The federal government is cracking down on three alleged mortgage relief scams that promise to help cash-strapped borrowers hold onto their homes while delivering little help and driving them deeper into debt.
Prime Legal Plans, American Mortgage Consulting Group, and Expense Management America have lured homeowners with promises ranging from representing them in court to negotiating with lenders on their behalf, according to the Federal Trade Commission in separate lawsuits filed recently in Florida, California and Ohio, the agency announced Tuesday.
"With many homeowners still struggling to hold onto their homes, the FTC takes a hard line against con artists who are seeking their next victim," FTC Chairman Jon Leibowitz said in a news release.
The cases represent an effort by the FTC, the Justice Department and the Department of Housing and Urban Development to halt schemes that target distressed homeowners, according to the agency.
The FTC alleges that since 2010, Prime Legal Plans and its affiliates have enrolled thousands of homeowners who pay as much as $750 a month for representation "from expert foreclosure defense attorneys who will fight their lenders to save their homes from foreclosure or make their mortgage payments more affordable," according to a complaint filed Sept. 24 in U.S. District Court in Miami. The FTC charges Prime Legal, which signs homeowners up for the service via telephone and online, with claiming falsely to be a private charity that works for homeowners who cannot afford legal representation.
Prime Legal did not respond immediately to a request for comment.
The FTC also charges that unsuspecting homeowners have paid American Mortgage Consulting Group and its affiliate, Home Guardian Management Solutions, fees ranging from $1,495 to $4,495 in exchange for a promise to reduce their mortgage payments substantially. "Rather than helping homeowners modify their mortgage loans or avoid foreclosure, defendants dupe distressed homeowners into paying thousands of dollars based on false promises and misrepresentations," the agency alleged in a complaint filed Sept. 18 in U.S. District Court in Santa Ana, Calif. "Indeed, defendants provide little, if any, meaningful assistance to modify homeowners' mortgage loans or prevent foreclosure."
According to the FTC, American Mortgage and Home Guardian signed up thousands of consumers nationwide via telephone calls in which operators told borrowers the federal government paid American Mortgage Consulting to help homeowners.
"My client has made every effort to work with the FTC, cooperating and disclosing all information that they requested, and opening his entire business to the government because he has nothing to hide," Marc Lazo, an attorney for Mark Nagy Atalla, a principal at American Mortgage and Home Guardian, told American Banker. "He legitimately made every effort to help these homeowners by causing their lenders to modify their loans or work out alternative options to allow them to stay in their homes in this continuously declining real estate market and oppressive economic environment."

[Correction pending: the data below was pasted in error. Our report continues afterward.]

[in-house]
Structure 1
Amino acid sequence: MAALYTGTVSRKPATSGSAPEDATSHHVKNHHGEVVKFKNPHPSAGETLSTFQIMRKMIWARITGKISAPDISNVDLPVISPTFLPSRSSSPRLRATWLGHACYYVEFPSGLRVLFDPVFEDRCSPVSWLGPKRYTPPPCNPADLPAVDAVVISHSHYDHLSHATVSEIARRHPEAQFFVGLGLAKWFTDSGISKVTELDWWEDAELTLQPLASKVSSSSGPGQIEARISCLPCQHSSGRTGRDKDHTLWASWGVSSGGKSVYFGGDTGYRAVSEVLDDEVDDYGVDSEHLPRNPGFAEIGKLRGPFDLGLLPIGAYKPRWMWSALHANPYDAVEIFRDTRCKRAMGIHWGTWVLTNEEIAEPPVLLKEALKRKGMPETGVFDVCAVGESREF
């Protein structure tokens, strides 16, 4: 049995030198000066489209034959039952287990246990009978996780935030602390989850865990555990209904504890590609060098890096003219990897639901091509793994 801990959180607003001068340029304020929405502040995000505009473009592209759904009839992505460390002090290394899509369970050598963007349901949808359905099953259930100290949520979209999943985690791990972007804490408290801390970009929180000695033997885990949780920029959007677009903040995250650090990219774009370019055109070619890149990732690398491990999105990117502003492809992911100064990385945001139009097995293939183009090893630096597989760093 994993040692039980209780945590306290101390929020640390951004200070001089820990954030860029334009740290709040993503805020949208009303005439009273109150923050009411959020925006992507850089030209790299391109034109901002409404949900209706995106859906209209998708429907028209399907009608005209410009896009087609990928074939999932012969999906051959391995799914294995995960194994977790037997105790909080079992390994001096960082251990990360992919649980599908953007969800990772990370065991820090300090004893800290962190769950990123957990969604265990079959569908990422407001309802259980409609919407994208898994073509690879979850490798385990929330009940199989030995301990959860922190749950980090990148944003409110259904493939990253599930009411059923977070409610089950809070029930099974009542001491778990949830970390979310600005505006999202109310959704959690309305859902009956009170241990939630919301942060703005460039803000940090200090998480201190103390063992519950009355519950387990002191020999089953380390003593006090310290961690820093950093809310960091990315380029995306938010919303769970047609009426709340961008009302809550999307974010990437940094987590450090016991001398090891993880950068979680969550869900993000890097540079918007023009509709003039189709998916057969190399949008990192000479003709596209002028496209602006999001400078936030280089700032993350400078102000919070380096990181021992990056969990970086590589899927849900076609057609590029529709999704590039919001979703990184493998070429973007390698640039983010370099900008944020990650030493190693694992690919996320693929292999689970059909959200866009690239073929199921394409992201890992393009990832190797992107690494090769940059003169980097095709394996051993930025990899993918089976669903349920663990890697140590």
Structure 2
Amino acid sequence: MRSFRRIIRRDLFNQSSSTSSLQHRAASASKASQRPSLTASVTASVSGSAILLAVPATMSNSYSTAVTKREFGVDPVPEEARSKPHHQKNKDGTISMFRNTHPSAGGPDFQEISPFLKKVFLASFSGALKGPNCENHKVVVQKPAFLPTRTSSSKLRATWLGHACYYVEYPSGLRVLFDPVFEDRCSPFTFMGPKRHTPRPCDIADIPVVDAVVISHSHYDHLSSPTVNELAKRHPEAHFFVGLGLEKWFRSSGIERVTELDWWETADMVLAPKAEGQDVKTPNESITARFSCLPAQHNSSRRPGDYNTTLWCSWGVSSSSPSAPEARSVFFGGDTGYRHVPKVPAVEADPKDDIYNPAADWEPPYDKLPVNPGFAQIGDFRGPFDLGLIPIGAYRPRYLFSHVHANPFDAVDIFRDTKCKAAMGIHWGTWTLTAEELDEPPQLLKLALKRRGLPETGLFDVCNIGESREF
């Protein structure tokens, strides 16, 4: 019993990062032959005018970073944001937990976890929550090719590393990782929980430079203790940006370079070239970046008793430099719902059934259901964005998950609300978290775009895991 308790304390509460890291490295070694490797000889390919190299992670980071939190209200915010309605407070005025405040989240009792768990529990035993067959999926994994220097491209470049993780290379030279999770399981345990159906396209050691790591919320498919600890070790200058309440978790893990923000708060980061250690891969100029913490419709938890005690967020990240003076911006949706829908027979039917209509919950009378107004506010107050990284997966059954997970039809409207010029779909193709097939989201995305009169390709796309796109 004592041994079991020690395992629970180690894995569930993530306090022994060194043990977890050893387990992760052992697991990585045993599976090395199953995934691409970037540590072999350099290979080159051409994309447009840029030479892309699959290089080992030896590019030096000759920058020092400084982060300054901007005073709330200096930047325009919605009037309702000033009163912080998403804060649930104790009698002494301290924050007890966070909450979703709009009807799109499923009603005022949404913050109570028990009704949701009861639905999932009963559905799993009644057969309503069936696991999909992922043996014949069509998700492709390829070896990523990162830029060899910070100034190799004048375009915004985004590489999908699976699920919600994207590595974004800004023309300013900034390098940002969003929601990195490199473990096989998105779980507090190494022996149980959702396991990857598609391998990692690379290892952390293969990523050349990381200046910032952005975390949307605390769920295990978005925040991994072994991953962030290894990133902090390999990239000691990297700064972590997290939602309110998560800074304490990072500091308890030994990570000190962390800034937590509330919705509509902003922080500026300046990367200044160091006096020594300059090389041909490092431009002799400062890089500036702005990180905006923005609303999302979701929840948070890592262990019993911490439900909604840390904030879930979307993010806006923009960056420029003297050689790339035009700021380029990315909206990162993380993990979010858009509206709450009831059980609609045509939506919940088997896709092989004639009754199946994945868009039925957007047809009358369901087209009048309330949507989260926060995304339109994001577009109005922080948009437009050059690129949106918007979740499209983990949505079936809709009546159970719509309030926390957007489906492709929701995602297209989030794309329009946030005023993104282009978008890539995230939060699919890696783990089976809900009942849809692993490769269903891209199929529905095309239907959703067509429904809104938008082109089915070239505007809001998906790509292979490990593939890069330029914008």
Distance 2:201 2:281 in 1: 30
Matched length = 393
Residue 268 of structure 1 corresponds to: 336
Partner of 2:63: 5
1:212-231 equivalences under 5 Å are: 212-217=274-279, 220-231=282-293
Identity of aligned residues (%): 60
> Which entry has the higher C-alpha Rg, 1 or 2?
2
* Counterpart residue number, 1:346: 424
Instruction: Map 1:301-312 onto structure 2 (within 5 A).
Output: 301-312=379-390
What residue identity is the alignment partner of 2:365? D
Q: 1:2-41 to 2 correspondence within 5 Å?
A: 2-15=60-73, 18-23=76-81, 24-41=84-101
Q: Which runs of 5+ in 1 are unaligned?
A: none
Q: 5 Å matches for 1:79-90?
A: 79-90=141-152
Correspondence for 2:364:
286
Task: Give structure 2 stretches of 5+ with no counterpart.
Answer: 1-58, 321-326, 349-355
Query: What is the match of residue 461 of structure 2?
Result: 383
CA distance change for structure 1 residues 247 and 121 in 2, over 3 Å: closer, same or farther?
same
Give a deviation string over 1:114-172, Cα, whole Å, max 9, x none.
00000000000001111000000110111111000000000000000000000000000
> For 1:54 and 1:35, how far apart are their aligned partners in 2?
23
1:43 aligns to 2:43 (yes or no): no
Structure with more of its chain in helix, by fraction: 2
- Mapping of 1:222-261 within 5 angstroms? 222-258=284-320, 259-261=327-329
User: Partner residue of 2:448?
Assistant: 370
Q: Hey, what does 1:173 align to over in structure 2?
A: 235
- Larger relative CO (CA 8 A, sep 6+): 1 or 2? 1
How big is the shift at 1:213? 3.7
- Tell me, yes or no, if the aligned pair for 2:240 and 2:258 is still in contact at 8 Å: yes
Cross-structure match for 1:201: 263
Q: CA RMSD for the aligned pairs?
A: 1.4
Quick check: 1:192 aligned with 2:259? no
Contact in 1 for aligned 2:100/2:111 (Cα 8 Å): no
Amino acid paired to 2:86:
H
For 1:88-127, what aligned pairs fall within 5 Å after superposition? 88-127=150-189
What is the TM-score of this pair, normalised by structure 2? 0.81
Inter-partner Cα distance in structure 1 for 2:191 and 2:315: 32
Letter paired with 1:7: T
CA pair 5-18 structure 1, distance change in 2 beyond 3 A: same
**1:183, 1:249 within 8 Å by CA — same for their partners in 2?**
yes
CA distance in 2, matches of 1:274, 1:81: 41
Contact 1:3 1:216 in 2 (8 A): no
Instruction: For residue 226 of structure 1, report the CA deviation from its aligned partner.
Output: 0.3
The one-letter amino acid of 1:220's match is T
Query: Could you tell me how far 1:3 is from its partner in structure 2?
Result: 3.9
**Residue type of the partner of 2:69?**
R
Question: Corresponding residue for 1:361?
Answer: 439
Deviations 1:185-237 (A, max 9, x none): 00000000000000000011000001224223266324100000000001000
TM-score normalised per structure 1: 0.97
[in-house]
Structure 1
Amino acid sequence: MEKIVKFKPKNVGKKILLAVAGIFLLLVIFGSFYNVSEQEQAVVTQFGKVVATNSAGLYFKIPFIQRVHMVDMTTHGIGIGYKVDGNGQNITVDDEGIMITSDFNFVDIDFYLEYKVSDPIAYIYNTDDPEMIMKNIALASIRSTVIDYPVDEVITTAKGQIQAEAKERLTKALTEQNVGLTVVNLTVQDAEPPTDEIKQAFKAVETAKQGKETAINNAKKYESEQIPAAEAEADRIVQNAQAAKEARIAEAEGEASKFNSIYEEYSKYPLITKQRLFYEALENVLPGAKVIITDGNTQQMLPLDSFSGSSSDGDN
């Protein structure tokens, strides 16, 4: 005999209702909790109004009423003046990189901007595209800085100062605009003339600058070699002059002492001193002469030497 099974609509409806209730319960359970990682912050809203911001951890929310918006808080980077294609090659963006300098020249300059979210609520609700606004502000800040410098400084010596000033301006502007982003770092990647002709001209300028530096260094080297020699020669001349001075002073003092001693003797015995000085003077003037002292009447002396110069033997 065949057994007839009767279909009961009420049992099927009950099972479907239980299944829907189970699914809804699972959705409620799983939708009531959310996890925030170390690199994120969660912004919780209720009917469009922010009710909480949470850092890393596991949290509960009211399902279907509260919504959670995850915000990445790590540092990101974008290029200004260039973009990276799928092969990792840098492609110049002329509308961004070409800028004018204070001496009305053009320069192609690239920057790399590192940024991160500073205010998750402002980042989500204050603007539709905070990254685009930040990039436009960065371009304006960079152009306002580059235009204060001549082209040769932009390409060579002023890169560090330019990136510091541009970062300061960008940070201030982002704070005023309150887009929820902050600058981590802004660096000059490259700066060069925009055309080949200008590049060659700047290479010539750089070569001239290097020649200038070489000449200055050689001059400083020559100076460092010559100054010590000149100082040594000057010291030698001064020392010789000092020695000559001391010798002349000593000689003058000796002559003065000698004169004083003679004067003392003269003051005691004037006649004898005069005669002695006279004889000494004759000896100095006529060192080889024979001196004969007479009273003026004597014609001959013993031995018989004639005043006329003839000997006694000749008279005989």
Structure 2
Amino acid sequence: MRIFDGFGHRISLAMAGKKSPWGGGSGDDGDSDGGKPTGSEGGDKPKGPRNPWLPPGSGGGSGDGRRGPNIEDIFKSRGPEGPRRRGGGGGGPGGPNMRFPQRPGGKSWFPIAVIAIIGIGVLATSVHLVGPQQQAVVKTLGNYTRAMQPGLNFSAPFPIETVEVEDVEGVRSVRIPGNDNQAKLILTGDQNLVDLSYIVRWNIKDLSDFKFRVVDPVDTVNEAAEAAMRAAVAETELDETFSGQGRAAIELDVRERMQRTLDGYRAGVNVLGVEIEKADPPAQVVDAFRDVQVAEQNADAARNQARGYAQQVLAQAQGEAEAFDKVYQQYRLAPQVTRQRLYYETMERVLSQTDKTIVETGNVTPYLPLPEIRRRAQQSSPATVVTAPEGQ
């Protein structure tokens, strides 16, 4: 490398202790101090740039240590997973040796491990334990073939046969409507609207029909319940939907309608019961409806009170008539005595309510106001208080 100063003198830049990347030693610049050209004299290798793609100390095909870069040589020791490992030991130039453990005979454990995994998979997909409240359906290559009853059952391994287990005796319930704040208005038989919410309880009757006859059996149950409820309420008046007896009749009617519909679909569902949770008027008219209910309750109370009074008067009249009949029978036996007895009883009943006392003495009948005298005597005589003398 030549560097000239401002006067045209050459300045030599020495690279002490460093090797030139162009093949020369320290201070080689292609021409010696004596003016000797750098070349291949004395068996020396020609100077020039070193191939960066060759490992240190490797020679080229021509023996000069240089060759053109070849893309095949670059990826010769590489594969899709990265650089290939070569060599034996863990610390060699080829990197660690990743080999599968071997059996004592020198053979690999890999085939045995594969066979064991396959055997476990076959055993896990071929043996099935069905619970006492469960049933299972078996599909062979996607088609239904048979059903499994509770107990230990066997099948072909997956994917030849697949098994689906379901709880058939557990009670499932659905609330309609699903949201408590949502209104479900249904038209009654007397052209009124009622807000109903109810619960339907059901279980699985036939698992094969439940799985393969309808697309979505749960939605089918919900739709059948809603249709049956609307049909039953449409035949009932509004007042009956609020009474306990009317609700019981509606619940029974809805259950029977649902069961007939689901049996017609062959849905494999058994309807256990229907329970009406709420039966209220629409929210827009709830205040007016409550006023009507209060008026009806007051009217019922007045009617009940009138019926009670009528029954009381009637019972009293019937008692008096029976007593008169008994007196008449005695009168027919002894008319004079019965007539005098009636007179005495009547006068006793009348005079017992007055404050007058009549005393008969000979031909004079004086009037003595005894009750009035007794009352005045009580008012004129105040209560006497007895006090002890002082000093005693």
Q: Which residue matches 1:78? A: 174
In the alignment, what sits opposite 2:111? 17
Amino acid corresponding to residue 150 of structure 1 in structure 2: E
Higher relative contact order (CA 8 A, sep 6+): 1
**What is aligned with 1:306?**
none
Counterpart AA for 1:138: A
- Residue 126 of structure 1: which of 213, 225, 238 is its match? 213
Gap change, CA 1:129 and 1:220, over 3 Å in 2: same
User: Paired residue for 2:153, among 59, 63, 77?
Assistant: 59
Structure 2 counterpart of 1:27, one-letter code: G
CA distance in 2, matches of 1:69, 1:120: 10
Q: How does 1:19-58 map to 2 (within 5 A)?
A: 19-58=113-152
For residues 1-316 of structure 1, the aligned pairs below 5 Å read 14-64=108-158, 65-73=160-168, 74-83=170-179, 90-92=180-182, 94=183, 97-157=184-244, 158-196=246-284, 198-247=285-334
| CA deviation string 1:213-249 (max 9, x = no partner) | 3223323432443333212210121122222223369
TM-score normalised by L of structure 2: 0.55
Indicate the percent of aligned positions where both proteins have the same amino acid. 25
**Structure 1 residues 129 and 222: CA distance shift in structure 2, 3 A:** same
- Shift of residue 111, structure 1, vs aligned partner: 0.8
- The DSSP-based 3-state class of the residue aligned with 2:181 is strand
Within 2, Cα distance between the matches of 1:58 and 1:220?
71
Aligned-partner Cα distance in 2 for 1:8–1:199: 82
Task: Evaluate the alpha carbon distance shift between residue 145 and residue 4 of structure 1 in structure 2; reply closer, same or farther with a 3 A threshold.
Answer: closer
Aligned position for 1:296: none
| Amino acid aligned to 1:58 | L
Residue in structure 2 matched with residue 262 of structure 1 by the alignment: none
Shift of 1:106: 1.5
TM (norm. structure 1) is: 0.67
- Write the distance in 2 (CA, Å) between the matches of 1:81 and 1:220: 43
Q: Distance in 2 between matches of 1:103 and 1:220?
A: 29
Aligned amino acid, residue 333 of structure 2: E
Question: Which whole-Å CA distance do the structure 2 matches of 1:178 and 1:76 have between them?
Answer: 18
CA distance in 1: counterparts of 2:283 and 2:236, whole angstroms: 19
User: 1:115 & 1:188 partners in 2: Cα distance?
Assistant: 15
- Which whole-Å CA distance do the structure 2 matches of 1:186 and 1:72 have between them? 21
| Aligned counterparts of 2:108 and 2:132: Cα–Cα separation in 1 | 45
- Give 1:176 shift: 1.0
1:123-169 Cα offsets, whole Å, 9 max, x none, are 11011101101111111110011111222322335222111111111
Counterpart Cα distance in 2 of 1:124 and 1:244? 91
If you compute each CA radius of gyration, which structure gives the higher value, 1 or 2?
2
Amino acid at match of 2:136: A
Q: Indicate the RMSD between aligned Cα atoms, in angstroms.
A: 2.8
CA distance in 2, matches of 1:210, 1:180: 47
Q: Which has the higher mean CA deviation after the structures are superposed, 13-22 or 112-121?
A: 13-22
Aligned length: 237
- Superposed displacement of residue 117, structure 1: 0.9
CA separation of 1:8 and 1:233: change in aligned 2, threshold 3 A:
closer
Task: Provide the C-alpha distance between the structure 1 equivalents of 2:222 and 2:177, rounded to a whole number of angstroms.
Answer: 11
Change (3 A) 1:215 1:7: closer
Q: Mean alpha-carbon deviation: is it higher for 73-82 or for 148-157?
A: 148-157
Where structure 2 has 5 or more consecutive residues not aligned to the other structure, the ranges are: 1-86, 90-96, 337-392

"Furthermore, he has gone above and beyond what he was paid to do in order to ensure consummation of the loan modifications for their qualified customers," added Lazo, who notes his client has yet to have an opportunity to appear before the court.
In the third lawsuit, the FTC charges that Expense Management America, based in Canada, has called thousands of consumers in the U.S. who are struggling financially with offers to help relieve them of debt. "During defendants' calls with consumers, they offer to solve all of the consumers' financial problems by reducing applicable interest rates, reducing outstanding principal amounts, reducing monthly payments, and generally improving consumers' financial positions," the FTC alleged in complaint filed Sept. 25 in U.S. District Court in Cleveland.
Consumers who enrolled in Expense Management's programs paid the company a fee each month after being told the funds would be used to settle with creditors, according to the FTC. "In numerous instances, consumers enrolled in defendants' programs have suffered significant economic injury, including: monetary losses ranging from $2,200 or lower to $10,000 or higher and receiving little or no service in return; going into foreclosure; and even losing their homes," the agency charged in its complaint.
The company did not respond immediately to a request for comment.
In each case, the government has asked the court to end the schemes, freeze the companies' assets and direct the companies to give up any allegedly unlawful gains. In both the Prime Legal and American Mortgage cases, the courts have issued temporary restraining orders and frozen the companies' assets.
The FTC charges all three companies with failing to disclose information required by the Mortgage Assistance Relief Services rule, which obligates mortgage relief companies to tell borrowers the companies are not associated with the government; that lenders may not agree to modify a loan; and that if consumers stop paying their mortgage they could lose their home and damage their credit rating.
The rule also bars mortgage relief companies from making misleading claims about their services or telling borrowers to stop communicating with their lenders.
The FTC's action continues a string of efforts by regulators to police firms that offer to modify mortgage loans. The Consumer Financial Protection Bureau in August sued a Los Angeles law firm over an alleged debt relief scam. California regulators warned consumers in January to be wary of promises for loan modification.